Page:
We set out from the main entrance, right by the Botanic Gardens MRT station, passing the Bourgainvillea House and immediately seeing one or two Plain Tigers (Danaus chrysippus alcippoides). This is a species that can be seen in many places in the world: Asia, Africa and even parts of Europe. The sub-species seen in Singapore and other parts of Asia has white patches on the upper and lower hind wings.

I had read that Common Birdwings may be seen near the so-called Evolution Garden, so we made a point of heading in that direction We didn't actually see any, but the Evolution Garden was sufficiently interesting to make up for it. The inspired idea was a series of plantings along a spiral trail which progressive traced the evolution of plants from mosses and liverworts, ferns, club- and spike-mosses and horsetails, cycads and then flowers. The route is described here.

Here are some architectural petrified trees near the entrance.

And this is the cycad section.

A few butterflies could be glimpsed, but not identified, even less photographed.

We reached the admin offices and café, and, perhaps inevitably, things looked up on the butterfly front. My first capture was this Chocolate Pansy (Junonia hedonia ida).

This was quickly followed by the fritillary-like Common Leopard (Phalanta phalantha phalantha).

I also managed a picture of a common butterfly we had already noticed in hedgerows in the city: the Chocolate Grass Yellow (Eurema sarisodalis).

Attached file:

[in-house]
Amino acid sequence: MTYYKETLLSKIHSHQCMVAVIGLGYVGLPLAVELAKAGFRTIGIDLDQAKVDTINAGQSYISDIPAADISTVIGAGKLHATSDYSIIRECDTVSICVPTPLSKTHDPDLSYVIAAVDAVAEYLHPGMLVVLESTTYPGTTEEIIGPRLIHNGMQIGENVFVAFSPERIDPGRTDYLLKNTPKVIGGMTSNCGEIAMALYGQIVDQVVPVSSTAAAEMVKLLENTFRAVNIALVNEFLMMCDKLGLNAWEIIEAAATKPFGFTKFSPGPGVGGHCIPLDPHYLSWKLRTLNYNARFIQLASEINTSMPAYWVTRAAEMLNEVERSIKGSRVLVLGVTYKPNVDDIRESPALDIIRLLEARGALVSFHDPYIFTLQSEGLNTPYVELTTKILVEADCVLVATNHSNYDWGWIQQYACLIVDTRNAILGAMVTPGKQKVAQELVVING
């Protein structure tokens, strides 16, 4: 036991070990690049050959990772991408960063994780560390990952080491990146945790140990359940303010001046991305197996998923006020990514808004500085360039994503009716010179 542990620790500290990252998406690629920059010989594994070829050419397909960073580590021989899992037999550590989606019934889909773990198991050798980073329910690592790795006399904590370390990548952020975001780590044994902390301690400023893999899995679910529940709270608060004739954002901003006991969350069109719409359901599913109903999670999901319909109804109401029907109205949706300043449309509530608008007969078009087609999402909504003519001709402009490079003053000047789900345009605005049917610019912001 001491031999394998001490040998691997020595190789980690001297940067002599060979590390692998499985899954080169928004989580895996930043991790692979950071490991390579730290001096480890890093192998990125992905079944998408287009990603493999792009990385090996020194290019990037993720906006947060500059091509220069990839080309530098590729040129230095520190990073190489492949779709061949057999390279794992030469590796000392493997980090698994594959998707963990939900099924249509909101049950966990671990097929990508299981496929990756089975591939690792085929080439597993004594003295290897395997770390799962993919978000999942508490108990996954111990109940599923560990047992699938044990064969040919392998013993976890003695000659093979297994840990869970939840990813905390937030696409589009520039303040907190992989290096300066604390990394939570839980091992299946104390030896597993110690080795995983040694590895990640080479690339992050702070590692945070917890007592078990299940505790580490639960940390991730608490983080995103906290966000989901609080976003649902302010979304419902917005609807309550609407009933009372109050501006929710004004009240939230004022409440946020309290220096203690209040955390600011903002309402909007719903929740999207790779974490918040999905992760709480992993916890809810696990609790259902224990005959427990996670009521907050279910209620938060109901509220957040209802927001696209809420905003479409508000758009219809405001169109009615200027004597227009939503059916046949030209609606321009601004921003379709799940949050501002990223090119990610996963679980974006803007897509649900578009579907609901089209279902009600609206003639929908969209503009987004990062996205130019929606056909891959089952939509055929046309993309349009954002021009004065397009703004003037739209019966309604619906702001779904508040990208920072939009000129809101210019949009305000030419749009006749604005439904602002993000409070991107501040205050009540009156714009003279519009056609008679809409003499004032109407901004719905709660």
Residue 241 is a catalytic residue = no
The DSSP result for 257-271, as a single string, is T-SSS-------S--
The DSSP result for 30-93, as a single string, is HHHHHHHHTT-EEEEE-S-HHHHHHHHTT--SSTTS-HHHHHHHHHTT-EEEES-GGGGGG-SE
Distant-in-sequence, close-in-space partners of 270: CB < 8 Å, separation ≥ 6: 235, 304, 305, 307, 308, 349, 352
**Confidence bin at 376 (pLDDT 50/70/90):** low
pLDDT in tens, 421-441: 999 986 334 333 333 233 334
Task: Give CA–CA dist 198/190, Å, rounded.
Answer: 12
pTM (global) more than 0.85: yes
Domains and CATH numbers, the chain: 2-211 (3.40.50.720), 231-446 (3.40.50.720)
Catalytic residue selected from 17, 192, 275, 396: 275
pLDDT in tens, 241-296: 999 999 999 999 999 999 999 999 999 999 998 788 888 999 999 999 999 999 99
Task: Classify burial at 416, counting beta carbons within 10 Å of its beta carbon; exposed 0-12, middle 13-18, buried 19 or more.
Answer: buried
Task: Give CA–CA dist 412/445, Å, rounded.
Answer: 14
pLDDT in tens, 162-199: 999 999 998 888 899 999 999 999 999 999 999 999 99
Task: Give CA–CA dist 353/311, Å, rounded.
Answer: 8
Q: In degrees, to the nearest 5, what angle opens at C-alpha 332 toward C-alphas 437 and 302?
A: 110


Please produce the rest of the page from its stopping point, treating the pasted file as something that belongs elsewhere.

Also there was this spectacular Dragonfly.

We continued on our way passing a rain forest zone on the left and a large tree-lined valley on the right. As we neared the far exit, we saw this wonderful sight in a grassy area. I thought at first it was a type of ant-eater, but it turns out to be a Malayan Water Monitor (Varanus salvator). This is one of the world's largest lizards - this one was about 1.5m long, but they can apparently reach over 3m.

As we were leaving the garden through an area of woodland I spotted this Malayan Viscount (Tanaecia pelea pelea).

We now followed Napier Road and Tanglin Road to reach the butterfly garden at Nassim Green off Tanglin Road. It was a nice garden with a range of plants - but nowhere to sit - and there was sadly nothing going on at first. However, when the sun came out a few butterflies made themselves known including a Banded Swallowtail (Papilio demolion), which unfortunately did not want to be photographed.

I did however see the unusually named Rustic (Cupha erymanthis lotis) ...

... as well as more Chocolate Pansies and some Common Grass Yellows.

Soon after this, the expected thunderstorm began and kept us trapped in a cafe for an hour and half. Once it had finished I visited another butterfly garden at the other end of Orchard Road, at Stamford Green. I saw a couple of Plain Tigers, but it was still drizzling and nothing else appeared.

Finally, on returning to our hotel I was delighted to spot this Plains Cupid (or Cycad Blue) (Chilades pandava) just outside.

It is extremely impressive that efforts have been made to create butterfly gardens in such an urbanised environment, and we had already noticed that some common butterflies e.g. the Grass Yellows can be seen all over the place, but we felt that there were some signs that the initial enthusiasm might be wearing off.

Conditions: hot, mainly cloudy and humid, giving way a tropical thunderstorm.

Distance: 3 or 4 miles.

Rating: four stars. Very interesting and enjoyable. I was a bit disappointed not to see more butterflies.